What an extraordinary day at Izumo Taisha. This is probably the most important Shinto Shrine in the whole of Japan, if only because of the extraordinary festival which takes place here every year in the lunar month that broadly coincides with November. This month is known as the Month of No Gods. This is because all the Gods of Japan, kami from shrines large and small, in cities and in the countryside, from riversides and mountainsides, all leave their own shrines and come to gather for a festival at Izumo Taisha. The eight-day festival begins with a marvellous welcoming ceremony, which I had to miss because I was in Tokyo, but ends with a marvellous departure ceremony, which happened today, at 4pm. I felt so privileged and blessed to witness it. There was a French photographer here, accompanying a Japanese Tourism development officer, who had impeccable English, and whom I met at both the Museum and at the Shrine itself. I think I saw one American, too, briefly. Other than that everyone here was Japanese, and the ‘crowds’ were not thick, albeit that the place was clearly busy. This was a religious festival for the religious, although there was plenty of laughter and informality in between the more sober moments.
A bit like religion all over the world (Catholicism is markedly similar) it is also a bit of a racket, with every worshipper throwing coins into the offertory to accompany each prayer – a genuine offering for sure, but always monetary – and the ranks of official shops beside the shrines selling an incredible range of little tokens, with embroidery and other designs, each a special form of ‘good luck’ for a range of circumstances. You can buy a good luck charm for the health and safety of your family, or for good fortune when taking an exam. There are special booths where a monk will write in formal lettering a prayer for you that you can post on special racks, that are literally covered in such messages, for the kami to read later, one supposes.
But such commerciality – common to any religion – really did not subtract from the serenity and seriousness of the reverence which all visitors to each of the many shrines that make up the Taisha were clearly giving. I relished the opportunity to share in such reverence, repeating what I had learned at Ise. Here – I don’t know whether because it is Izumo Taisha, or because of the auspiciousness of this particular day – the worshippers clap four times, not twice, and I quickly picked this up and changed my own routine to fall into step. The leading deity here is Okuninushi-no-kami, the deity in control of the unseen world, and – most especially at this time – the deity of ‘en-musubi’, the connections that bind us together. At this special festival of the gods, each year, the meetings which take place are to determine what ‘en’ – which connections between people – will best fit the future year. Pilgrims to Izumo Taisha at this time, then, pray for their relationships to be noticed and to be granted favour by the gods in the coming year, pray for those who are most special to them, and pray for new connections that will advance them.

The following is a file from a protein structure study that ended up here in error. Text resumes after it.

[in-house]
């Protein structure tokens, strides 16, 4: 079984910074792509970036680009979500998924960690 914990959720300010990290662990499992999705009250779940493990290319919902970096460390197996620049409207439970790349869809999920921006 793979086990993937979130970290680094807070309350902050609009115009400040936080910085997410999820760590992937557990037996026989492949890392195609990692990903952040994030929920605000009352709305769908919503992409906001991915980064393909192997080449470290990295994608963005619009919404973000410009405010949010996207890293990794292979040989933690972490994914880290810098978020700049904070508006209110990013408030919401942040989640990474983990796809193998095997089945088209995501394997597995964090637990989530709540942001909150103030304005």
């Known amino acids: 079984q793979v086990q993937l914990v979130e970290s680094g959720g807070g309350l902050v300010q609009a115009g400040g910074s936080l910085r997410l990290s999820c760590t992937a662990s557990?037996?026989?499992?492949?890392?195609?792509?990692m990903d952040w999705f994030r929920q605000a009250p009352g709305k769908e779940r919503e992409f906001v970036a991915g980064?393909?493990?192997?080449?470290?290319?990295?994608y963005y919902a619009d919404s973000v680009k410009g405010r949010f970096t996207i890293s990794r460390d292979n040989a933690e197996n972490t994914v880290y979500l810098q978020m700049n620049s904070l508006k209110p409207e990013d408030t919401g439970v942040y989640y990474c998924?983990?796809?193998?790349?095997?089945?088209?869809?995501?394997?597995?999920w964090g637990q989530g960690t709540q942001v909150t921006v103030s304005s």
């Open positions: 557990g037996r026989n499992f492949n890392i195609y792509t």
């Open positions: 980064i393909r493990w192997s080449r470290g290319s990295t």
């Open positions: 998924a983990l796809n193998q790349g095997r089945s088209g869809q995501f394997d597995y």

Also special to this place is the Magatama. The Magatama – of which many examples have been found by archaeologists from all periods of the known (and many) incarnations of this ancient shrine, as far back as c2000 years ago – represents the overlapping shapes of the sun and the moon. It is a symbol of the universe in one go, described in the English subtitles in the Museum as a ‘comma’ shape, rather than a teardrop. I’m not sure there is any relation to the Tao at all, and did not see this mentioned anywhere. Even where I saw two together, in reverse relation to each other, it was on a modern welcome mat at the door of one of the many crystal shops, and the two Magatama were not joined as with the Tao. Furthermore, unlike the white dot in the black teardrop of the Tao, (and vice versa), the hole in the Magatama seems not to represent the entrance of an opposite. The Magatama already incorporates both sun and moon. The hole in the Magatama is said, rather, to symbolize the blessed spiritual power provided for each one of us through the link with our ancestors, to whom we owe our life. The mystic deep green colour (midori) whether in full, or in streaks, signifies the constant movements and growth of life – the renewal of fresh shoots and sprouts, the leaves in spring, the evergreen trees in the wind. Moss Agate, with its pearly translucence and its green streaks, symbolises Power, and a Moss Agate Magatama, the Power of the Universe in movement and life.
At 4pm, the ceremony of the departure of the Gods took place. There were two classes of officials – I guess ‘monks’ and ‘priests’ – in two different sets of garb. The former policed the area, keeping the (obedient) tourists in their place. Those with the money and foresight had booked seats within the shrine. The rest of us had the benefit of being able to take pictures – from outside. The latter officiants wore the most exotic garb, and undertook the ceremony. Below are two short videos I took of the ceremony, one when the priests returned from a brief excursion with something special to bring to the ceremony; the other at the end when they departed. The best thing about it, from outside, was the drum and flute that seemed to accompany on the most important moments.
This was an extraordinary day – a stand-out highlight of my trip to Japan. I feel I have experienced something truly, authentically Japanese today, something very old and still continuing. A privilege indeed.
[Full tally of photographs from the day on Flickr]